Why do high earners ride transit in Seattle, CicLAvia, Lawndale: HWR, Oct. 2

Dept. of Dodger Stadium Express: The free bus from Harbor Gateway and Union Station to the ballpark will be running for all post-season games, starting with tomorrow’s game against the Cumberland Braves. More here on the DSE. One intriguing scenario: the A’s and Dodgers meeting in the 2018 World Series, 30 years after Kirk Gibson neatly ended Game One.

Art of Transit: 

 

Review: The L.A. Phil and CicLAvia brought the city together for a game-changing street party (LAT)

Key graphs:

In case you didn’t venture out Sunday to downtown, the Mid-Wilshire neighborhood, Koreatown, Melrose Avenue or Hollywood, the L.A. Phil undertook the most elaborate event of its audaciously ambitious celebratory 100th season…The orchestra organized events throughout the day at various stages along the route, including at the Hollywood Bowl, a final mile away. There were, as well, pop-up concerts, roving and/or riding performers and various workshops. Food trucks go without saying…

The celebration ended at the orchestra’s free evening Bowl concert…Throughout the day, a staggering 1,800 performers (dancers included) participated from all walks, so to speak, of musical life. Make that 1,800 and one, but more about that later.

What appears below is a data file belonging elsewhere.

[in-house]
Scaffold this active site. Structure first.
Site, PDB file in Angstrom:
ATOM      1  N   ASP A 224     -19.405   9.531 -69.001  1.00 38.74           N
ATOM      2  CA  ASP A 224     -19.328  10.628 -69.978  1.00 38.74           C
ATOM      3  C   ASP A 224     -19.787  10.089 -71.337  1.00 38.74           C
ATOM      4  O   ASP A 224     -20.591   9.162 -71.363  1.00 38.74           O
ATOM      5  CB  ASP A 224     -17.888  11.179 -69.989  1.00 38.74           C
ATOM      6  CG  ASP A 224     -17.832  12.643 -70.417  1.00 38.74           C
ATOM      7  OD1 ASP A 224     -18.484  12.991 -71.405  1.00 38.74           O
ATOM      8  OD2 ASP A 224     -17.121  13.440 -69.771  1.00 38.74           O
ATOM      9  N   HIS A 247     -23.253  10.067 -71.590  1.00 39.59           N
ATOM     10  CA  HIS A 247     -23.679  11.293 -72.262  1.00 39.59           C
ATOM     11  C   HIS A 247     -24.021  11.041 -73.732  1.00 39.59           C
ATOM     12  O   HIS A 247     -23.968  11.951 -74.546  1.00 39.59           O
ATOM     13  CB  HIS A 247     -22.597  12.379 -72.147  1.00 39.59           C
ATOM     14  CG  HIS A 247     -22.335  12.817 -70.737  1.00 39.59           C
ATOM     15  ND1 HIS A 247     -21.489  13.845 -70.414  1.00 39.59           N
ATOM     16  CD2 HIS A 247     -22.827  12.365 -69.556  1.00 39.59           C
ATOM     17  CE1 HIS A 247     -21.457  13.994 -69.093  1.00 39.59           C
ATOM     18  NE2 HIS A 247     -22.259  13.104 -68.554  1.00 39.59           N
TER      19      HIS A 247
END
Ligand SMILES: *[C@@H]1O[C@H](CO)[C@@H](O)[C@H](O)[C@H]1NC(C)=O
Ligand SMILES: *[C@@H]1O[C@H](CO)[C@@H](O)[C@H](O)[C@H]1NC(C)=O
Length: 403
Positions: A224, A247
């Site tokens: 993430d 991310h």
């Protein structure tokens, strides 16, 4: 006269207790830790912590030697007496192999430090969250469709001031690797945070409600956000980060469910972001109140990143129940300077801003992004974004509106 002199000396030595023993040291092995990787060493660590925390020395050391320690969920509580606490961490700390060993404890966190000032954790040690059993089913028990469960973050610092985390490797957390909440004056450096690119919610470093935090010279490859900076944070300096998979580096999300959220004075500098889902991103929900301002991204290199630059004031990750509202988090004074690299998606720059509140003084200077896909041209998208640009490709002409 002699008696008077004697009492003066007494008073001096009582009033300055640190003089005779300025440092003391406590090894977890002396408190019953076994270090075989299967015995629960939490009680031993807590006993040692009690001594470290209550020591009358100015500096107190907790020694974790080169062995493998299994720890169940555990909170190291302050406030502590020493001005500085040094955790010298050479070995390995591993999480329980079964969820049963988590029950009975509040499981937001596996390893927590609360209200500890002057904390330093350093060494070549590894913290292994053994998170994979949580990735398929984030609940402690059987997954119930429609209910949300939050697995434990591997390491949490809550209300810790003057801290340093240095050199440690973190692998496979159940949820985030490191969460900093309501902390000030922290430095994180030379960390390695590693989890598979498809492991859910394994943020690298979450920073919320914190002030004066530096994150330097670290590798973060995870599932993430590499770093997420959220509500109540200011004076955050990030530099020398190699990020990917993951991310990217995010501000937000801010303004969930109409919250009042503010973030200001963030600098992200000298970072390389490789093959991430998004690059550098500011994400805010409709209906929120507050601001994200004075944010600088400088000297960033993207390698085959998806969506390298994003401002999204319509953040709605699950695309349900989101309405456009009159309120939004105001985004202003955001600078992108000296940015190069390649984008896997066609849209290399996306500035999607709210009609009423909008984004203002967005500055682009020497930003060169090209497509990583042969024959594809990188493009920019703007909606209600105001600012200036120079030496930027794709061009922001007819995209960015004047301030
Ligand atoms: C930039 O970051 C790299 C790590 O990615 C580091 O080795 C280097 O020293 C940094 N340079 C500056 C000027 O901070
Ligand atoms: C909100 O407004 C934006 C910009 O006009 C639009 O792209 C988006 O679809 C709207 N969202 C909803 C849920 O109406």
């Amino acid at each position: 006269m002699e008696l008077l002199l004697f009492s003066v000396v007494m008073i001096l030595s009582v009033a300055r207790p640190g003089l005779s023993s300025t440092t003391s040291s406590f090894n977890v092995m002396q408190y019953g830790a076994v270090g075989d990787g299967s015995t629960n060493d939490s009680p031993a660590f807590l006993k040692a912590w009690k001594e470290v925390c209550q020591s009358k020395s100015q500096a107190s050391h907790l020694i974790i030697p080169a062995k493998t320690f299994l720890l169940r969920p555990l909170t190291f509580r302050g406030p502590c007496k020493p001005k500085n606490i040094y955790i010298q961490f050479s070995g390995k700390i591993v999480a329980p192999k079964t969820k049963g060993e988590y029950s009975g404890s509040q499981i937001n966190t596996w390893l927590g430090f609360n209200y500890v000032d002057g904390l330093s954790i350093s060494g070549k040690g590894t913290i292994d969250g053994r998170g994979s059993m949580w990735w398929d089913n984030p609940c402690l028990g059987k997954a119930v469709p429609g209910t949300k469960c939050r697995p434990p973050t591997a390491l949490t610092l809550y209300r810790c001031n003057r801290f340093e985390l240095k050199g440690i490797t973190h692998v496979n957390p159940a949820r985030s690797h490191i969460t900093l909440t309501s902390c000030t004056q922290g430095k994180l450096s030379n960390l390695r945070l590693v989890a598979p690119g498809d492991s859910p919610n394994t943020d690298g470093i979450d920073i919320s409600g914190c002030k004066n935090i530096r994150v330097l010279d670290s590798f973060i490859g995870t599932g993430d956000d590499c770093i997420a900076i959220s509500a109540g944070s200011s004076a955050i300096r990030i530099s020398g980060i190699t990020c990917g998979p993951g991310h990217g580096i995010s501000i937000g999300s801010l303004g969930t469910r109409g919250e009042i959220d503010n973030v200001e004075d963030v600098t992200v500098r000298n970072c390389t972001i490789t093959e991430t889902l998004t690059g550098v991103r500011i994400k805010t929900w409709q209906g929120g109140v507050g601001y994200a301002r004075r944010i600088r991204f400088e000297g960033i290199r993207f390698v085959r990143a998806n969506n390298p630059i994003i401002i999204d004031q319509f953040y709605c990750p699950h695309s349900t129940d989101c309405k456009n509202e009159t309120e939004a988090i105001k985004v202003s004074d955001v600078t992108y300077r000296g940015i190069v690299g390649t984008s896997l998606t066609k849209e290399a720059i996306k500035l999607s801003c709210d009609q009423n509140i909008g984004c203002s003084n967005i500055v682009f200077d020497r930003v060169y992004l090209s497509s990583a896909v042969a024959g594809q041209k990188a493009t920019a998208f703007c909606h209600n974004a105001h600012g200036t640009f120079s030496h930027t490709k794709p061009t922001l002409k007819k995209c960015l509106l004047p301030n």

Planned Metro Green Line Extension to Torrance Faces Opposition from Lawndale (Streetsblog LA)

Some opposition from Lawndale residents but Metro Board Members support the project — with some saying that light rail produces relatively little in the way of noise or vibrations. The Board last week, btw, approved further study of two route options:

The two alternative routes that Metro is studying for the project.

Steve Lopez: California high-speed rail: A train to nowhere without a conductor (LAT)

The California High-Speed Rail Authority last month released its choice for a route between Palmdale and Burbank:

Seattle’s high earners are more likely to commute on public transit than any other income group (Seattle Times)

Things in the Pacific NW are quite the opposite than the L.A. Excerpt:

Among Seattle-area residents with a salary of $75,000 or more, 11 percent typically took transit to get to work in 2017. That’s higher than any other income group. Less than 10 percent of workers with wages below $35,000 took transit.

In the San Francisco area, transit skews most heavily toward the affluent — 20 percent of those earning at least $75,000 were transit commuters, compared with about 15 percent of those earning less than $35,000.

The other metro areas in this group are Chicago, Washington, D.C., New York and Boston. Everywhere else, poorer folks are more likely to take transit — in Los Angeles, nearly four times more likely.